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NO. 60 WINTER 2019-20



2020 YEAR the


Big Ideas!

Live purposefully Friends for life

Whether they’re from down the street or across the globe, Luther students share a collaborative, welcoming spirit. The friends you make here will be part of your life long after you leave Decorah. You’ll see this at Homecoming, when our campus nearly doubles in size with Luther alumni returning for the weekend to their second home.

Find your passions

Luther students are active! Between student groups, musical ensembles, intramural sports groups, and NCAA III teams, you’ll find something you love—and friends who share your interest. At Luther, students enjoy a great balance: intellectual curiosity and engagement in the classroom, and plenty of opportunities for extracurriculars too.

Learn more at luther.edu

YOGA. COMMUNITY. SUN. Ring in the 2020 Summer Solstice Weekend at the Driftless Yoga Festival! Explore the beauty of the region through yoga-inspired workshops & events, showcasing talented yoga teachers & great Driftless spaces.


3 amazing days of sun salutations, meditation, workshops, asanas, & more. Early bird registration starts December 1, 2019 at DriftlessYogaFestival.com

New Year, New FREE Catalog of Untreated, Non-Hybrid, Non-GMO Seeds

600+ cherished and proven varieties for your garden and 20+ new offerings for 2020!



Decorah, Iowa 1930s Soda Fountain • Ice Cream, Chocolates, Nostalgic Candies, 14 Flavors of Fudge – All homemade, in-house daily

Small batch Fresh Fudge

e season! ‘Tis th

207 Pearl St. Downtown La Crosse, WI • www.pearlicecream.com • 608-782-6655


Eggs, Minneola Organic Farms, Zumbrota, MN Rochester: 29 miles Green Pastures Poultry Farm, Cashton, WI La Crosse: 32 miles

your partner in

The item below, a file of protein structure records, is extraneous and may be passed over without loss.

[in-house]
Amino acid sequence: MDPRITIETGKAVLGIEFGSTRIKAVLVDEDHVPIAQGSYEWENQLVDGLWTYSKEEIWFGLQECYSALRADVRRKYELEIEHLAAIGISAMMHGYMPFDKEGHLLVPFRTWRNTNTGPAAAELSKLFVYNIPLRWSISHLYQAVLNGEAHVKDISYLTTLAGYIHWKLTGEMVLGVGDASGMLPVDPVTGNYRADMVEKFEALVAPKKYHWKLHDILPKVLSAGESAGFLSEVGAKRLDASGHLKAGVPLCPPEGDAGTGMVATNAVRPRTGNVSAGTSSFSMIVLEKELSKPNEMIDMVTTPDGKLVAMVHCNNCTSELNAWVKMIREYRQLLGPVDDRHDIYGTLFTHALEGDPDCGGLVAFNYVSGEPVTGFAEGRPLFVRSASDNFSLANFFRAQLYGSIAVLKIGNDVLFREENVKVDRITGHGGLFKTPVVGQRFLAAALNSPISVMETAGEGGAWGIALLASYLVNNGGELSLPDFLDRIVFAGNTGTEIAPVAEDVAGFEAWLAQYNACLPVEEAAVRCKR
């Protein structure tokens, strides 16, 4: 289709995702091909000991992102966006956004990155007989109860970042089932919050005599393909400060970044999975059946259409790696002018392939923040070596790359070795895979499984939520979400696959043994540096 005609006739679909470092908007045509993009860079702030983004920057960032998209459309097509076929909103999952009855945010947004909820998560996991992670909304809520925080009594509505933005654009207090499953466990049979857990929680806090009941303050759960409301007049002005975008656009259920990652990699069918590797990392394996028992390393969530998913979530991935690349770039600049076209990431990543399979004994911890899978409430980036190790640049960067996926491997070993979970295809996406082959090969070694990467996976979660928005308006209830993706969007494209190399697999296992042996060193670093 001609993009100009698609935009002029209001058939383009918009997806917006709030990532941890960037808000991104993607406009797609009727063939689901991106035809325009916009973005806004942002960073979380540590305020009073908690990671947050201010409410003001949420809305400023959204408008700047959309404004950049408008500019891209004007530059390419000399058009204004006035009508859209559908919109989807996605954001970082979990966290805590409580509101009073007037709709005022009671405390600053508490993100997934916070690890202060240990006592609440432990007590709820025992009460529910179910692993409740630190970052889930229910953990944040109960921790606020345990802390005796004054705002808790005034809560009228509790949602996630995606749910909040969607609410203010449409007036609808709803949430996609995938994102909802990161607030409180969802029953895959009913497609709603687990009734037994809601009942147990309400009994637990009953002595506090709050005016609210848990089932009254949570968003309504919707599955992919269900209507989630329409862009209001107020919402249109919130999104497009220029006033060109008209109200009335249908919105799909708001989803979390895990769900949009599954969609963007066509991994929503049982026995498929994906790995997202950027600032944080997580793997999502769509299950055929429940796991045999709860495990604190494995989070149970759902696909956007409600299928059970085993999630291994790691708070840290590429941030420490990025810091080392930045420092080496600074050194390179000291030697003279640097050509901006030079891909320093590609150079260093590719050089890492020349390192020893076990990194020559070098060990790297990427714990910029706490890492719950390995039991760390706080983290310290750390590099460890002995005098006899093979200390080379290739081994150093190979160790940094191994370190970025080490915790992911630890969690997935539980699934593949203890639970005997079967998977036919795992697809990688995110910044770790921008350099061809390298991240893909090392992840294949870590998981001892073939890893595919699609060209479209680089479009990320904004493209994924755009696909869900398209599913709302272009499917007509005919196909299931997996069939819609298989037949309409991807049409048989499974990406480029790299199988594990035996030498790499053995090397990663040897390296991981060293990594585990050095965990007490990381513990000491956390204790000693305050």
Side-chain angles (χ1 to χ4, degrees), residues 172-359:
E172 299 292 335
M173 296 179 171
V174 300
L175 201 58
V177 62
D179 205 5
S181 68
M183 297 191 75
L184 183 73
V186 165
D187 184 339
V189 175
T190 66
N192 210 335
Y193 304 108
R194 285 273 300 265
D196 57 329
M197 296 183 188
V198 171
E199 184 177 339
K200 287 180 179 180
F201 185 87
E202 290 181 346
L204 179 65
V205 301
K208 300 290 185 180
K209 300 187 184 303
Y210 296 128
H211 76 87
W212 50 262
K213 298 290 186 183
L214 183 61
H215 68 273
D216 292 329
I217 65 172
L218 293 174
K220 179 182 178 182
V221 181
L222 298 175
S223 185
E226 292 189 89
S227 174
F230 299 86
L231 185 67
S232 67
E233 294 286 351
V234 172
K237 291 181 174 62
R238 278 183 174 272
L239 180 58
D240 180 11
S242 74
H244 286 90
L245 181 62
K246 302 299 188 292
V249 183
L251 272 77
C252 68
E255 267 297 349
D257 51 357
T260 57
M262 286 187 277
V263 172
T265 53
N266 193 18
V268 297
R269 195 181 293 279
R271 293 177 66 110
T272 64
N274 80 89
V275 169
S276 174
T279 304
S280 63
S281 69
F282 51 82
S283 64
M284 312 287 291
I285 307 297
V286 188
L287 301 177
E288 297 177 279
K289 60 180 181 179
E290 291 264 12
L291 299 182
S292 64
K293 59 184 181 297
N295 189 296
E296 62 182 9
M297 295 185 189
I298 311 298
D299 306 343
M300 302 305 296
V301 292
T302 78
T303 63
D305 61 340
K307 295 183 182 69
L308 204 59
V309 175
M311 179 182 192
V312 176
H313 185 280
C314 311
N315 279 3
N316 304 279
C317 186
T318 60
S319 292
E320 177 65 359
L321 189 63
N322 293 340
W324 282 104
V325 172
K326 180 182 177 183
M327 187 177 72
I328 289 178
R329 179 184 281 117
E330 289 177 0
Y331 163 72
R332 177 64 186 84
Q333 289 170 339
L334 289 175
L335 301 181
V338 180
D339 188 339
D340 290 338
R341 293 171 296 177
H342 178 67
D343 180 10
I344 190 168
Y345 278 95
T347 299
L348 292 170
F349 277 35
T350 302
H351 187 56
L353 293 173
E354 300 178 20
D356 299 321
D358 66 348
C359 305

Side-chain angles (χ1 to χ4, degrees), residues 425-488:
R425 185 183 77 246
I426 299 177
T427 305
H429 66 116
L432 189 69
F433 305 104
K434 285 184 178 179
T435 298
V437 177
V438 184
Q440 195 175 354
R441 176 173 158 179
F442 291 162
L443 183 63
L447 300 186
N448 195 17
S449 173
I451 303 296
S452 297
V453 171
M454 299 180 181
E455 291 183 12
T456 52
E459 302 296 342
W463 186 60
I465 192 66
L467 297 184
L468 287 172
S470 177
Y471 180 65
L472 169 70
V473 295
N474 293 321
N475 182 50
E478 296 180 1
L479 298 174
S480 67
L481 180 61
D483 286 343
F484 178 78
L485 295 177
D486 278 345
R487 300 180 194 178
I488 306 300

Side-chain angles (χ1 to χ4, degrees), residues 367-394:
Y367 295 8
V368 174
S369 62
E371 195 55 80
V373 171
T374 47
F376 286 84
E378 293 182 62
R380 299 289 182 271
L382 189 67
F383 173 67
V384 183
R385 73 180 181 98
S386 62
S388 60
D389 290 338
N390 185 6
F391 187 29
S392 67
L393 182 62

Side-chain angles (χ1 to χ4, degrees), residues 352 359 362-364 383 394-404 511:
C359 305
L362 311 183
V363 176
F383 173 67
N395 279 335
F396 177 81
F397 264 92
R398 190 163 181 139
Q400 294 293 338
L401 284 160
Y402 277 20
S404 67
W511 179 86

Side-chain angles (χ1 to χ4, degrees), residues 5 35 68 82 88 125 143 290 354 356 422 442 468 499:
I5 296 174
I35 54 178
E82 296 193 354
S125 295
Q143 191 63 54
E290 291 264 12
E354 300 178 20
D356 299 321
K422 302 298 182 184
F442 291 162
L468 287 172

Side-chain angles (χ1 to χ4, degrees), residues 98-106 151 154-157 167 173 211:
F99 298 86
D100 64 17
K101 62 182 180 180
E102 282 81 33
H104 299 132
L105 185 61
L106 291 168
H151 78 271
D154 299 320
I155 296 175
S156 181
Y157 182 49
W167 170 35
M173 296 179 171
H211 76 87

local food.

! y a d o t n i Jo riftless eD h t t c e t o Help pr

Downtown La Crosse, WI and Rochester, MN www.pfc.coop 7 days, 7 am–10 pm Open to the public • Free parking!

For the last 40 years, Iowa Natural Heritage Foundation has been proud to protect and restore some of the most beautiful places in the Driftless Region — creating more parks, trails and wildlife areas for people to get outdoors and working with landowners to preserve the land they love. Become a member, volunteer or learn more at www.inhf.org.

WINTER 2019-20 contents

16 38


q&a with five driftless bakers


aryn’s chocolate chip cookie recipe


jonah’s hands


paper project: paper fortune cookies


infographic: big ideas in 2020!


arthur geisert


sum of your biz: michelle whitehill


Stay active this winter


curling clubs




sledding party


probit: margaret blake



ON THE COVER: Happy New Year, dear readers! We are so excited to kick off this new year - this decade(!) with our best foot foward. Let’s do this! / Photo by Aryn Henning Nichols. iloveinspired.com \ Winter 2019-20


Support your local business community! Money spent locally supports the local economy, which directly impacts the future community. Join the movement and

support local! Photograph by Randy Haugen

—Four shows coming this Spring—

CenterStage Series 2019–20

All shows start at 7:30 p.m.


March 7

The true story about a Canadian farmer vs. Monsanto Annabel Soutar’s

March 14


“Great journalism and even better theatre.” —The Montreal Gazette

The Brubeck Brothers Quartet April 17

February 14

Broadway’s finest stars perform the best, most-beloved Broadway songs